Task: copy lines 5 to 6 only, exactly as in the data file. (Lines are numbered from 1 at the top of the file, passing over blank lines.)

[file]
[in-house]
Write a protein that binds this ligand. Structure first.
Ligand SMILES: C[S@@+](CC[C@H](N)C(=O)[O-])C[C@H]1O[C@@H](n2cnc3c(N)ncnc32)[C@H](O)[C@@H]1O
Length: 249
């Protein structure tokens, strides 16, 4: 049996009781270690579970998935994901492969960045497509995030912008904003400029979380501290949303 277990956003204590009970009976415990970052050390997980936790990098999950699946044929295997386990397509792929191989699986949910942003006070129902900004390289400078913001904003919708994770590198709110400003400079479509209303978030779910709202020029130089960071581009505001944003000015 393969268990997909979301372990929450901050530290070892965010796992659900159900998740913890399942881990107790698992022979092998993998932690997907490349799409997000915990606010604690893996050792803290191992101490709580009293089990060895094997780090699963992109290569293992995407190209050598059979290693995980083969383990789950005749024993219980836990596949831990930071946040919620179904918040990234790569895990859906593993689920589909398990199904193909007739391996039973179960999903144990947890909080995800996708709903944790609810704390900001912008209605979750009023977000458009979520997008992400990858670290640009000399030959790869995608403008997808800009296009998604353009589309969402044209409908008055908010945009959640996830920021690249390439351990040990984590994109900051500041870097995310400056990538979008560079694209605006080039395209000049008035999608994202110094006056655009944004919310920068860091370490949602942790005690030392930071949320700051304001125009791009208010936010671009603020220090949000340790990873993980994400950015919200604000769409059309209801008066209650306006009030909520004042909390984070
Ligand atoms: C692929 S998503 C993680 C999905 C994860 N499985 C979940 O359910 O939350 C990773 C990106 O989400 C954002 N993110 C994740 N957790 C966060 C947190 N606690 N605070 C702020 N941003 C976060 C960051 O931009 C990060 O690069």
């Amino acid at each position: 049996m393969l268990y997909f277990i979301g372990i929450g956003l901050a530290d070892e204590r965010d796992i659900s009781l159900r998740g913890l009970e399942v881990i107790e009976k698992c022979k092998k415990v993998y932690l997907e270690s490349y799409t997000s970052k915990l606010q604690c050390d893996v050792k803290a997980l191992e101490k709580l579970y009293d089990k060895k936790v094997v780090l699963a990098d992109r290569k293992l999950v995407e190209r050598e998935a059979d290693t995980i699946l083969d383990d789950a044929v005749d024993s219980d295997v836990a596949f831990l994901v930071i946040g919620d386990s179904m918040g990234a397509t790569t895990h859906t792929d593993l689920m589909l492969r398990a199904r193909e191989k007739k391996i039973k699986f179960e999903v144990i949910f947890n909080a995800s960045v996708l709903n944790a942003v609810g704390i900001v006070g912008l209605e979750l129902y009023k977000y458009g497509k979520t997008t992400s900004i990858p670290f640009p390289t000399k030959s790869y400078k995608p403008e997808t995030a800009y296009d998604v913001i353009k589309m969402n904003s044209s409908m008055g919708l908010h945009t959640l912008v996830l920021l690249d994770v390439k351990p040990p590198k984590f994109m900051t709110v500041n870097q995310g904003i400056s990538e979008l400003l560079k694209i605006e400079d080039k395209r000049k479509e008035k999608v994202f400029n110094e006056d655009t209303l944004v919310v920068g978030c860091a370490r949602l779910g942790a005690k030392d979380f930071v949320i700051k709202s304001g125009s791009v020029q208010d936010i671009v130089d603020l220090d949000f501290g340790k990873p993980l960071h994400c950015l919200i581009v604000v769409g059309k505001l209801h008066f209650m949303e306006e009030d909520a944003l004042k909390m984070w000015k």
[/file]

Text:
């Protein structure tokens, strides 16, 4: 049996009781270690579970998935994901492969960045497509995030912008904003400029979380501290949303 277990956003204590009970009976415990970052050390997980936790990098999950699946044929295997386990397509792929191989699986949910942003006070129902900004390289400078913001904003919708994770590198709110400003400079479509209303978030779910709202020029130089960071581009505001944003000015 393969268990997909979301372990929450901050530290070892965010796992659900159900998740913890399942881990107790698992022979092998993998932690997907490349799409997000915990606010604690893996050792803290191992101490709580009293089990060895094997780090699963992109290569293992995407190209050598059979290693995980083969383990789950005749024993219980836990596949831990930071946040919620179904918040990234790569895990859906593993689920589909398990199904193909007739391996039973179960999903144990947890909080995800996708709903944790609810704390900001912008209605979750009023977000458009979520997008992400990858670290640009000399030959790869995608403008997808800009296009998604353009589309969402044209409908008055908010945009959640996830920021690249390439351990040990984590994109900051500041870097995310400056990538979008560079694209605006080039395209000049008035999608994202110094006056655009944004919310920068860091370490949602942790005690030392930071949320700051304001125009791009208010936010671009603020220090949000340790990873993980994400950015919200604000769409059309209801008066209650306006009030909520004042909390984070
Ligand atoms: C692929 S998503 C993680 C999905 C994860 N499985 C979940 O359910 O939350 C990773 C990106 O989400 C954002 N993110 C994740 N957790 C966060 C947190 N606690 N605070 C702020 N941003 C976060 C960051 O931009 C990060 O690069």